If you do distributed transactions across the network, you know about Allow Inbound and Allow Outbound security settings for DTC (available by running dcomcnfg or by opening Component Services).
The help describes these settings as:
- Allow Inbound: Select this check box to allow a remote computer to flow transactions to the local computer. Typically, this option is needed on the computer that is hosting the DTC for a resource manager such as Microsoft SQL Server.
- Allow Outbound: Select this check box to allow the local computer to flow transactions to a remote computer. Typically, this option is needed on the client computer, where the transaction is initiated.
Pretty straightforward: you set Allow Outbound on the client and Allow Inbound on the SQL Server box. Except, if you are using System.Transactions with SQL Server and you promote after the first connection to the database (which means DTC gets involved), the transaction will most likely abort. Why?
If you remember my previous post on promotable transactions, in this case, the distributed transaction gets initiated on the resource manager (SQL Server) side and gets flown back to the client, which means that you actually need to set Allow Outbound on the SQL Server box and Allow Inbound on the client.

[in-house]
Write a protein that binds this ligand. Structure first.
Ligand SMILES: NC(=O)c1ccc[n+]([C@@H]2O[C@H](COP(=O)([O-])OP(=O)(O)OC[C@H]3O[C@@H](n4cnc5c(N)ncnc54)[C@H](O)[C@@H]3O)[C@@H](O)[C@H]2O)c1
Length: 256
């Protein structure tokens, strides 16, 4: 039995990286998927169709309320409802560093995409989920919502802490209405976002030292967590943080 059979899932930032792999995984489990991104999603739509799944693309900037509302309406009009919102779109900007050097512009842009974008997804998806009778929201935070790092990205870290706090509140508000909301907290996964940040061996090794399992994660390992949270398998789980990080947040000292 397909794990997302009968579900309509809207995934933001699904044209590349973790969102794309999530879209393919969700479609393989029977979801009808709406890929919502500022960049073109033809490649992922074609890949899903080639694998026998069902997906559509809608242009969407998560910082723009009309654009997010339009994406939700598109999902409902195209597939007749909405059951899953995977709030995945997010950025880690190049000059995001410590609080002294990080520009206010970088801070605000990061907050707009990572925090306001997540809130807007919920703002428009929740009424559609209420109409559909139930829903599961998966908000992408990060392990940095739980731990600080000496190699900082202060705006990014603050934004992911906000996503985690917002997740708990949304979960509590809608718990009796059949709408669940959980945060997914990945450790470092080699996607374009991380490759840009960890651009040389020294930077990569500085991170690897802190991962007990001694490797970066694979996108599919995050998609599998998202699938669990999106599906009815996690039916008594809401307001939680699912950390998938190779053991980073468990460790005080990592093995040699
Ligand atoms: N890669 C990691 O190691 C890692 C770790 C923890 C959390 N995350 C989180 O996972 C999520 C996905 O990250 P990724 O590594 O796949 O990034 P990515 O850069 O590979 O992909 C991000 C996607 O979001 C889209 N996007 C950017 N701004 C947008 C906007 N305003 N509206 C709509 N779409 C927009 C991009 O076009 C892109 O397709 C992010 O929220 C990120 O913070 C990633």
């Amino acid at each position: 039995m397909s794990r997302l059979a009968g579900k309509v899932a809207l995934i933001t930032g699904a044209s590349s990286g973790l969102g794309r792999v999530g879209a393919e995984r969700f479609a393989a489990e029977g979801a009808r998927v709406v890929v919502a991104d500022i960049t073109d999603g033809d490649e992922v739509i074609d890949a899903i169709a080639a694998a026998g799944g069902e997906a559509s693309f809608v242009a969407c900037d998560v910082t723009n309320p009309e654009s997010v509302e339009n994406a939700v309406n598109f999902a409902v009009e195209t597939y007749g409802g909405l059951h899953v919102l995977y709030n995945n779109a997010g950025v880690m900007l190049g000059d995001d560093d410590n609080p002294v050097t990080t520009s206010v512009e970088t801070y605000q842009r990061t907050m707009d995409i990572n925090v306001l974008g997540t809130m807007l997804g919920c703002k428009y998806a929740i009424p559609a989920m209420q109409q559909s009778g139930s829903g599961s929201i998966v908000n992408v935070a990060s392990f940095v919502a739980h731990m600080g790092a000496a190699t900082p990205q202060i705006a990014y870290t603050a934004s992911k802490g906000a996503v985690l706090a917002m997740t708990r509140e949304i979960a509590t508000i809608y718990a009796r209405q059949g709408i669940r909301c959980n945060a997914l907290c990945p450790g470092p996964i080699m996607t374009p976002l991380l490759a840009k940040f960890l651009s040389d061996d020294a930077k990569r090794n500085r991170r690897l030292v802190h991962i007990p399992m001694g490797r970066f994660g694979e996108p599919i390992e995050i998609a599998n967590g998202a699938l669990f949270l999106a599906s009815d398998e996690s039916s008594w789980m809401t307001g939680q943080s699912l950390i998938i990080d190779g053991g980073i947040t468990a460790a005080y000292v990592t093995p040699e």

I know, it’s not the most intuitive setting. Allow Inbound/Outbound were created before System.Transactions, they are still doing what they were designed to do, except that they didn’t evolve with System.Transactions.
When System.Transactions was being designed, between other goals one important one was to make it easy to use. And with that, the promotion part was supposed to be as invisible as possible – things will go fast, then on demand promote to DTC and continue without any user intervention. The legacy of managing DTC network settings couldn’t be avoided and thus all these details had to be explained.